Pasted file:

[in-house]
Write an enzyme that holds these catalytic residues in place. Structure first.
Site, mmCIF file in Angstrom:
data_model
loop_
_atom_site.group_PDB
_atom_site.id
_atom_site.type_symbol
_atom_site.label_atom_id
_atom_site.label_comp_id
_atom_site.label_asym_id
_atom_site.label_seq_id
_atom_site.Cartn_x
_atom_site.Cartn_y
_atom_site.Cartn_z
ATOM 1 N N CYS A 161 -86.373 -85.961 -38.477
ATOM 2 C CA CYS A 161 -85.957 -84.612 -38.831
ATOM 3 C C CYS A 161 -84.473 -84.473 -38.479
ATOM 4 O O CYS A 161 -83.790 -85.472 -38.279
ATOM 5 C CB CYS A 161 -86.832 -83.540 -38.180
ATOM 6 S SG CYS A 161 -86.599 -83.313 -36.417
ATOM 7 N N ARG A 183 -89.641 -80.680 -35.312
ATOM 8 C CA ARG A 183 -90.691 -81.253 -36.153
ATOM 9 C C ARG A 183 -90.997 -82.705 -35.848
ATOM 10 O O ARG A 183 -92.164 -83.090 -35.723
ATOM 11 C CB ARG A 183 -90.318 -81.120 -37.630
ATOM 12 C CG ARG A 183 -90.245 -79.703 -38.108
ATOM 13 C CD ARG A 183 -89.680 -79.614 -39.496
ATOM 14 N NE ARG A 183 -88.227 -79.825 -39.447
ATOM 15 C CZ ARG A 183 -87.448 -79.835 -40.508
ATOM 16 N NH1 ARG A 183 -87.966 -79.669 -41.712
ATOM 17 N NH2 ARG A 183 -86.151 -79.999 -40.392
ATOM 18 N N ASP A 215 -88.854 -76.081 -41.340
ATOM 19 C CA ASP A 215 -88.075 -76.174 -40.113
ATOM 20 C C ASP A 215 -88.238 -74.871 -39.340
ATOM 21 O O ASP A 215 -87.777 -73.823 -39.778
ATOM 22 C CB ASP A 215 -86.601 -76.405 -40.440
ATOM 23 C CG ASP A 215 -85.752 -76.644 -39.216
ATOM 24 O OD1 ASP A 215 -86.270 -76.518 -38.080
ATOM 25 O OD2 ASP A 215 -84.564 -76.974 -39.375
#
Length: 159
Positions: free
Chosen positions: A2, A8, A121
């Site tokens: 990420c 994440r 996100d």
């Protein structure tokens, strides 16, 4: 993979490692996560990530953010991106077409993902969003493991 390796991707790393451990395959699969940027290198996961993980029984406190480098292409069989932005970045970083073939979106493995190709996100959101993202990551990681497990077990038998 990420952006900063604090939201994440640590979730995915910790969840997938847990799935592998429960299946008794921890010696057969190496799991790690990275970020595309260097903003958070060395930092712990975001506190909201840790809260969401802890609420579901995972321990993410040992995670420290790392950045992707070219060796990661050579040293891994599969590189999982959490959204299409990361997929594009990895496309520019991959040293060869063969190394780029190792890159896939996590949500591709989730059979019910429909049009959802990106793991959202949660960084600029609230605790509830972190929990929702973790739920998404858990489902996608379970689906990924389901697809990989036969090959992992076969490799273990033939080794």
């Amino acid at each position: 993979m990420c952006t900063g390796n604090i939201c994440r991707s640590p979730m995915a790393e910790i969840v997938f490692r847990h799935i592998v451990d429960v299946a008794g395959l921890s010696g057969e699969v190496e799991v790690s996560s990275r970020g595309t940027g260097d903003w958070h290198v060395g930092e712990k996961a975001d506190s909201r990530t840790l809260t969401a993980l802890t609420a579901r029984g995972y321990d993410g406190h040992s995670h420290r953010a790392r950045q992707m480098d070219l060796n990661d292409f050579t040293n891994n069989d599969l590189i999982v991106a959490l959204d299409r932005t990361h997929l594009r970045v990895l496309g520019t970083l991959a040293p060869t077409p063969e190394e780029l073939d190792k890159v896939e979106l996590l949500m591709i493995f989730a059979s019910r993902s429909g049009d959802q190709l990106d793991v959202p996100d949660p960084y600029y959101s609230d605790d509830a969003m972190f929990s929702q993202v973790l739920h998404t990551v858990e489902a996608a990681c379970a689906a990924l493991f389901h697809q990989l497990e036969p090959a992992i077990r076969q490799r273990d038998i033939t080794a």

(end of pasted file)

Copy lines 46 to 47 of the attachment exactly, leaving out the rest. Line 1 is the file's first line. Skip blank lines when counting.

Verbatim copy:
């Protein structure tokens, strides 16, 4: 993979490692996560990530953010991106077409993902969003493991 390796991707790393451990395959699969940027290198996961993980029984406190480098292409069989932005970045970083073939979106493995190709996100959101993202990551990681497990077990038998 990420952006900063604090939201994440640590979730995915910790969840997938847990799935592998429960299946008794921890010696057969190496799991790690990275970020595309260097903003958070060395930092712990975001506190909201840790809260969401802890609420579901995972321990993410040992995670420290790392950045992707070219060796990661050579040293891994599969590189999982959490959204299409990361997929594009990895496309520019991959040293060869063969190394780029190792890159896939996590949500591709989730059979019910429909049009959802990106793991959202949660960084600029609230605790509830972190929990929702973790739920998404858990489902996608379970689906990924389901697809990989036969090959992992076969490799273990033939080794």
């Amino acid at each position: 993979m990420c952006t900063g390796n604090i939201c994440r991707s640590p979730m995915a790393e910790i969840v997938f490692r847990h799935i592998v451990d429960v299946a008794g395959l921890s010696g057969e699969v190496e799991v790690s996560s990275r970020g595309t940027g260097d903003w958070h290198v060395g930092e712990k996961a975001d506190s909201r990530t840790l809260t969401a993980l802890t609420a579901r029984g995972y321990d993410g406190h040992s995670h420290r953010a790392r950045q992707m480098d070219l060796n990661d292409f050579t040293n891994n069989d599969l590189i999982v991106a959490l959204d299409r932005t990361h997929l594009r970045v990895l496309g520019t970083l991959a040293p060869t077409p063969e190394e780029l073939d190792k890159v896939e979106l996590l949500m591709i493995f989730a059979s019910r993902s429909g049009d959802q190709l990106d793991v959202p996100d949660p960084y600029y959101s609230d605790d509830a969003m972190f929990s929702q993202v973790l739920h998404t990551v858990e489902a996608a990681c379970a689906a990924l493991f389901h697809q990989l497990e036969p090959a992992i077990r076969q490799r273990d038998i033939t080794a």